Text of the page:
The Documentary History of the First Federal Congress of the United States of America, 1789-1791

Gazette of the United States

Continuation of the debate on the question, Whether the Secretary of the department of foreign affairs, shall be removable by the President.
Mr. JACKSON: I am well aware Sir, how irksome it must be to have another member rise upon this question; but when I consider that the liberties of this country may be suspended upon the decision, I feel it my duty to trespass once more on the patience of the committee: I shall make but a few remarks. Mr. Jackson then adverted to the arguments which had been so strenuously urged to prove the division, and distinction of the powers of the several branches, and added, I deny Sir, that there ever was a government in which the powers were not blended in a greater or less degree. Shall we find it in Rome, Carthage, or in any of the ancient governments? Let us turn our eyes to Britain, or the other powers of Europe— there we find that the will of the executive gives law to the legislature— Let us look into our constitution, there we see the executive has a qualified legislative power— his signature is required to complete the acts of government— he may adjourn the House from time to time— Will gentlemen still contend that the executive power is distinct? Will they explain away these truths? I call upon gentlemen to shew the necessity of delegating this power; it cannot be maintained upon any principle, but that of rendering the President completely independent of all controul by the legislature. Gentlemen have come forward with their spectres. The western territory was one, and molasses was another of those frightful images; but now there is nothing to alarm our apprehensions— all is perfectly safe— I wish that gentlemen were more consistent with themselves— Let us again revert to ancient history— Carthage lost her liberties by taking power from one branch to confer it upon another,[1] and the accumulation of power in one particular branch has swallowed up the liberties of most of the ancient republics. It has never yet been proved, that the power which appoints, is not the power to remove. I think the constitution has settled this question.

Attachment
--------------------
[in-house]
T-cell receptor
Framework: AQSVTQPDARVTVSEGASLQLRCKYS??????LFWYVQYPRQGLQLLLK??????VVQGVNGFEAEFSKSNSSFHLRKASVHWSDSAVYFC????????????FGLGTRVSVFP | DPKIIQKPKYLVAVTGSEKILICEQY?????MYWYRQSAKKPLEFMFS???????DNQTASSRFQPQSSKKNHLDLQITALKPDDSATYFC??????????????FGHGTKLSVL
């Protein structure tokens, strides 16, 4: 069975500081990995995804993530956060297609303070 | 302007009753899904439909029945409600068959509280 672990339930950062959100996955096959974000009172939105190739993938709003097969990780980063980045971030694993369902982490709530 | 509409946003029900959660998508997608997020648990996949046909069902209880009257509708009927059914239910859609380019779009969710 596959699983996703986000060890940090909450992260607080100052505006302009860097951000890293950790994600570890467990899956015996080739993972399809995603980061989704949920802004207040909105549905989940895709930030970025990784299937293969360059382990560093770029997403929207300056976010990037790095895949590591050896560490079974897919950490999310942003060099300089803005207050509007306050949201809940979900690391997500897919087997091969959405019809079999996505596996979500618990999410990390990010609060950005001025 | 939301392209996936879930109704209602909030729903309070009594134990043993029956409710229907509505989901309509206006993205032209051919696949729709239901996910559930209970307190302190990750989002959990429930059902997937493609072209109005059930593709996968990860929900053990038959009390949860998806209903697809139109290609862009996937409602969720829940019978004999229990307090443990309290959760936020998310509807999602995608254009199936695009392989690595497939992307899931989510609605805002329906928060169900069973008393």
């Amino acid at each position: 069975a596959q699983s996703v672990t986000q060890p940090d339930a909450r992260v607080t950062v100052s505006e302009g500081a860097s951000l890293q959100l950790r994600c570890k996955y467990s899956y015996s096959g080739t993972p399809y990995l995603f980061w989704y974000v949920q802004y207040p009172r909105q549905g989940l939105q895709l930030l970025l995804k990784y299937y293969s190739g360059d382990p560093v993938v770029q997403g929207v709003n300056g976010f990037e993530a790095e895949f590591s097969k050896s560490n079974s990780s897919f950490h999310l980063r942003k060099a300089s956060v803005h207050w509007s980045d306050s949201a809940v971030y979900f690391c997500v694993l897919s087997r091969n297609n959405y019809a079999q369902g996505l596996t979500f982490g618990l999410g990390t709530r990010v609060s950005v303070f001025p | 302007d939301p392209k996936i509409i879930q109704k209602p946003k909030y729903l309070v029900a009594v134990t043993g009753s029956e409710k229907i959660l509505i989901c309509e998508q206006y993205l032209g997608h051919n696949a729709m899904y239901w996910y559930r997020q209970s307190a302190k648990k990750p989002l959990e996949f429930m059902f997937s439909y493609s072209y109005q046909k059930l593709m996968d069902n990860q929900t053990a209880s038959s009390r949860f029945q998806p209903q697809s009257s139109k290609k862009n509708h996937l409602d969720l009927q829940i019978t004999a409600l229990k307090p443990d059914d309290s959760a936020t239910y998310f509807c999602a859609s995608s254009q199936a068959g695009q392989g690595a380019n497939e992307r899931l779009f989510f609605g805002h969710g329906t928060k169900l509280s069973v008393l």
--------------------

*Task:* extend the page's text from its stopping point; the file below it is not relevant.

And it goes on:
The President has already the sword; there will be a time when America will have an army— I do not confine my remarks to the present period— Let us look forward, when a different character from that which now presides, may be in the chair— The purse strings will be in his hands, and these with an army at his command, will enable him to lay prostrate the liberties of America— this is no spectre; experience of past ages confirms the observation, that a wise people, will never let their liberties lye at the meer will and pleasure of any man. Some gentlemen say there is no danger, as the President is chosen from the mass of the people— others deny this— how shall we reconcile these opposing opinions?
I call upon gentlemen to shew that there is no check upon the President provided in the constitution.
The celebrated Mr. Wilson,[2] is of opinion, that the Senate is designed as this check. This sentiment is confirmed by other writers of reputation: Sir, I shall add nothing farther, but my assent to the motion for striking out the clause.
Mr. BALDWIN: I have felt, Sir, an unusual anxiety during the debate upon this question, as I consider a proper decision upon it, of almost infinite consequence to the government.
The main objection to the clause is, that we shall violate the Constitution, by giving this power to the President— we have been reminded of our oaths, and with great solemnity warned against this violation; but in my opinion, gentlemen should alter their mode of expression, and say, that their constructions of the Constitution will be violated.
The principal ground of opposition to the Constitution, as I am authorised from the best information to say, was the association of the President with the Senate: Shall we not do away this objection, by drawing a line of separation as far as lies in our power?